Pi | Chicago Reader
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Pi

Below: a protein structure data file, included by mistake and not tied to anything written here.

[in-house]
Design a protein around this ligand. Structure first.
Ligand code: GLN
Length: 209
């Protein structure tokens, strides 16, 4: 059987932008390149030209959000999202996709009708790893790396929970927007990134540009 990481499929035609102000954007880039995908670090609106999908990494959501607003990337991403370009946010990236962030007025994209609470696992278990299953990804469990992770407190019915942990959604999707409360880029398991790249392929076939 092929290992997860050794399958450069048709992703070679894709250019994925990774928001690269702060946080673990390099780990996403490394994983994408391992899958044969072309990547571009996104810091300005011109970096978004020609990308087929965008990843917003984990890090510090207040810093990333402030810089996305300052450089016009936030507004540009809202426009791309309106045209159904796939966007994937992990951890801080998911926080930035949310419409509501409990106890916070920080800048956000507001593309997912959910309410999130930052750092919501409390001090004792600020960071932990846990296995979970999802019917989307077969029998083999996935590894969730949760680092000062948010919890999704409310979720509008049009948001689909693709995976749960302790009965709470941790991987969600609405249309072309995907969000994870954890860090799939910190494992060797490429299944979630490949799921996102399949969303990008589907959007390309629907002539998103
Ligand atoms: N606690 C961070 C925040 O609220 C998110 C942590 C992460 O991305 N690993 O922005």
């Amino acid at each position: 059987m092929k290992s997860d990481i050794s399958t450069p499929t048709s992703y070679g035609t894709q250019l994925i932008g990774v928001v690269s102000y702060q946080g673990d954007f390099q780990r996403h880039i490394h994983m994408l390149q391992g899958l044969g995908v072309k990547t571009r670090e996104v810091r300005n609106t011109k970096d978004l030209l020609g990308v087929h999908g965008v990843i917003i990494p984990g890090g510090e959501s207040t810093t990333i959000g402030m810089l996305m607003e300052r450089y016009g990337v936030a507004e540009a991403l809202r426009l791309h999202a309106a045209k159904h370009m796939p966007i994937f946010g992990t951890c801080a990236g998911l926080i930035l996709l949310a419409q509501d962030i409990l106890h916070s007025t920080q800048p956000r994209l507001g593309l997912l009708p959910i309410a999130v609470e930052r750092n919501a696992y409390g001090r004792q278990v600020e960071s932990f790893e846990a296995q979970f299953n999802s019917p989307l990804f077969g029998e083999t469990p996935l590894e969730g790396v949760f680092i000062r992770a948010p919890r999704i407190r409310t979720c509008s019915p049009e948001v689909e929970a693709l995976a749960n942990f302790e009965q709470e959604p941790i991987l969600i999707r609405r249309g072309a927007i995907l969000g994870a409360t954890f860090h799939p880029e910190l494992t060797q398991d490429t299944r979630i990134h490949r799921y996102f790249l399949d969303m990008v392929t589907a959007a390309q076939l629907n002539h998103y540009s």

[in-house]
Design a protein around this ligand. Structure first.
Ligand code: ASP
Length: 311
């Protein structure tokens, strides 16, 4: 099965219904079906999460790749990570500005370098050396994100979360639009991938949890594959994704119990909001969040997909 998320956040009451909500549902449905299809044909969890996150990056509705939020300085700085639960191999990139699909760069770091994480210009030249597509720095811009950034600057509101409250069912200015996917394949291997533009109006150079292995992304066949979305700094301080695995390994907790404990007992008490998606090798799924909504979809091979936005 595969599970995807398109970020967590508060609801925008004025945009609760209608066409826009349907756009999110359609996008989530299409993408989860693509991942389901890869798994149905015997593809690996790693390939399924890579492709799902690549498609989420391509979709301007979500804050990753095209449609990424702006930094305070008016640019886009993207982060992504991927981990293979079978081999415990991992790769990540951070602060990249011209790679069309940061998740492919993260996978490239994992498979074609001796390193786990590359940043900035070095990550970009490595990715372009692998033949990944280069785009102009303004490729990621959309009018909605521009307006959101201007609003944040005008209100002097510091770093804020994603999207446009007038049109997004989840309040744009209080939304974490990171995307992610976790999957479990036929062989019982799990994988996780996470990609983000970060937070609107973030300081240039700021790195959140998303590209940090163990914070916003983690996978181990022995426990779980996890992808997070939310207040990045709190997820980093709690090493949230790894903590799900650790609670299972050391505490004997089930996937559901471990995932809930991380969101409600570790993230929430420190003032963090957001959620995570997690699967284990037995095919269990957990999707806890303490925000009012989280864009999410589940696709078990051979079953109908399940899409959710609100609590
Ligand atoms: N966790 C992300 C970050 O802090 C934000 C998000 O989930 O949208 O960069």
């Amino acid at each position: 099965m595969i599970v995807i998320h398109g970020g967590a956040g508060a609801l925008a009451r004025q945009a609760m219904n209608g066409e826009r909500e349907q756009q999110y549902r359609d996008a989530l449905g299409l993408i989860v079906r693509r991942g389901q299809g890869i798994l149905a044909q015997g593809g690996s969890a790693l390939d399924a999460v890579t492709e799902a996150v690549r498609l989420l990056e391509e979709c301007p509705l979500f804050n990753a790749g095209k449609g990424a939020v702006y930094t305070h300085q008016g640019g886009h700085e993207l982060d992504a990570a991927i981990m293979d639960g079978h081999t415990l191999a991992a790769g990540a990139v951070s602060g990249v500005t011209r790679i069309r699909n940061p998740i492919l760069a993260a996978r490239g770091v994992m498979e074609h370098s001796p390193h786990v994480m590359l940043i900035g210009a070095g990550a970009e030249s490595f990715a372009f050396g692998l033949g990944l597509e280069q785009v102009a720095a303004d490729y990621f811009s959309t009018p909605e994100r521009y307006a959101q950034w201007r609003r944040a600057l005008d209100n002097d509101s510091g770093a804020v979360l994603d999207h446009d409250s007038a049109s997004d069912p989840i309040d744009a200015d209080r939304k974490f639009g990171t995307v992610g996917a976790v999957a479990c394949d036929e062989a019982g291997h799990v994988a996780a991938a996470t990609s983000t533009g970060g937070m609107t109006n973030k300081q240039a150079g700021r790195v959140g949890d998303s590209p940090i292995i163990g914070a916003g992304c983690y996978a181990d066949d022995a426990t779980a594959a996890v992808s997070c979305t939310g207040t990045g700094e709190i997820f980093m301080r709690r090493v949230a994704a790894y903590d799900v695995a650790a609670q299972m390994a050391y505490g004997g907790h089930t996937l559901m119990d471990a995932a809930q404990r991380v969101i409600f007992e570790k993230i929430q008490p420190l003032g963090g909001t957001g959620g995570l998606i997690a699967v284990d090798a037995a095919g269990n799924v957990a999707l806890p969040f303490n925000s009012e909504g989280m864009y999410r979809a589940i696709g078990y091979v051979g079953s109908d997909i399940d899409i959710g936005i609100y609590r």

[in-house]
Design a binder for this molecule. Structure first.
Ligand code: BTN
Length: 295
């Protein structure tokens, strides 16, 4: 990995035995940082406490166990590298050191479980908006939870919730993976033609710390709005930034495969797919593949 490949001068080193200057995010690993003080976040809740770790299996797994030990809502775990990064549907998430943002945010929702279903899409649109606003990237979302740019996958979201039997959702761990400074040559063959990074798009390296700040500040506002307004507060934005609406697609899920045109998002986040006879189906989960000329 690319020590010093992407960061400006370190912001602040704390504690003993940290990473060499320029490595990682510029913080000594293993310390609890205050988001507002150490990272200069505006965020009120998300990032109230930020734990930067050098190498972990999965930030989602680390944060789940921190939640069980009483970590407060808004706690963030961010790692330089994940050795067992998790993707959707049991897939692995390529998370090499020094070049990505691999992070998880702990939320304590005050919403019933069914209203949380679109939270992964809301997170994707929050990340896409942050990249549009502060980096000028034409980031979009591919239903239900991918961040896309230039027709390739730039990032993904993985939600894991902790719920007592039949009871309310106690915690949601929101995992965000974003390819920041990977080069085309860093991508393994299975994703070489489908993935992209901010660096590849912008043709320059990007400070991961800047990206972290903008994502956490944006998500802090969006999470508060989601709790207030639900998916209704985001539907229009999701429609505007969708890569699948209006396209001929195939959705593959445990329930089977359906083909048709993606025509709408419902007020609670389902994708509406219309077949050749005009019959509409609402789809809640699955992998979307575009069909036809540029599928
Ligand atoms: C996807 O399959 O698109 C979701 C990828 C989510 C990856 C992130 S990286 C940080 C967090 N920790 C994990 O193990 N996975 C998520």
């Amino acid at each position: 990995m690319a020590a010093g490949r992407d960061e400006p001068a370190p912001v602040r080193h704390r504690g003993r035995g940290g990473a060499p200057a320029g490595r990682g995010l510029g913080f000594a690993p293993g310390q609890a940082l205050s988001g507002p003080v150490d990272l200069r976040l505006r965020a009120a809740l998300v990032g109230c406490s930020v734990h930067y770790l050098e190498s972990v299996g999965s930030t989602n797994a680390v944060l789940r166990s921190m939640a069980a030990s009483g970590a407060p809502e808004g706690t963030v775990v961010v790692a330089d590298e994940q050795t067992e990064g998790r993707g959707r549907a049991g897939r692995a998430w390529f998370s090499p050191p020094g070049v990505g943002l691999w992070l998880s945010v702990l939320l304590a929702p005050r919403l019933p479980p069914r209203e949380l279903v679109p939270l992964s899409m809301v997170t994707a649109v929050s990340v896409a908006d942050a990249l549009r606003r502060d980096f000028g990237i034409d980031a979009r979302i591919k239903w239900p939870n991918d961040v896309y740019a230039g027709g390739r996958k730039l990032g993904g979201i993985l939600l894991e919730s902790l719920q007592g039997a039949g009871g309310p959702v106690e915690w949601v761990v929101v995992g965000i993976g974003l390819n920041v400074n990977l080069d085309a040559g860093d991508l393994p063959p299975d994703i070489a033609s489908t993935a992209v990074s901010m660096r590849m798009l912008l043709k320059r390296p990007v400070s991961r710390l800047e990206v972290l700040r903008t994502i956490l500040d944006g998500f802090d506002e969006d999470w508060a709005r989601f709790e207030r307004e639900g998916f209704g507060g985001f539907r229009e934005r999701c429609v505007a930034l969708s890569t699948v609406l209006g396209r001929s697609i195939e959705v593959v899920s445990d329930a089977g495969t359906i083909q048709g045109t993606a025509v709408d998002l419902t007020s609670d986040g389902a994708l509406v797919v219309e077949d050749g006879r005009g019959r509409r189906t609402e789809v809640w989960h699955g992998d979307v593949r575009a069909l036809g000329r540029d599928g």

Max (Sean Gullette) sees everything in terms of numbers in this distressing existential horror story (1998) that's also a science fiction thriller. He spends all of his time feverishly searching for order in chaos—analyzing the stock market and scrutinizing the digits of pi for patterns. We're sucked into his spiraling self-destruction—or messianic self-sacrifice—as he passionately argues about the value of mathematical and numerological studies with his former mentor, who's given up his own research after suffering a stroke. The structure of this seductive black-and-white movie about alienation resembles the dominant motif—series of numbers—especially in montages that stress discrete shots of symbolic and abstract images even as powerfully logical associations seem to be forged. Images of an oppressive New York City occasionally dotted with natural beauty—trees, a leaf, a neighbor's face—also appear abstract with their obvious grain and radical chiaroscuro. Against this coldly compelling backdrop Max is stalked by fanatical cabalists and power-hungry financiers, whose determination to manipulate him suggests that he may be on to something. Written and directed by Darren Aronofsky.

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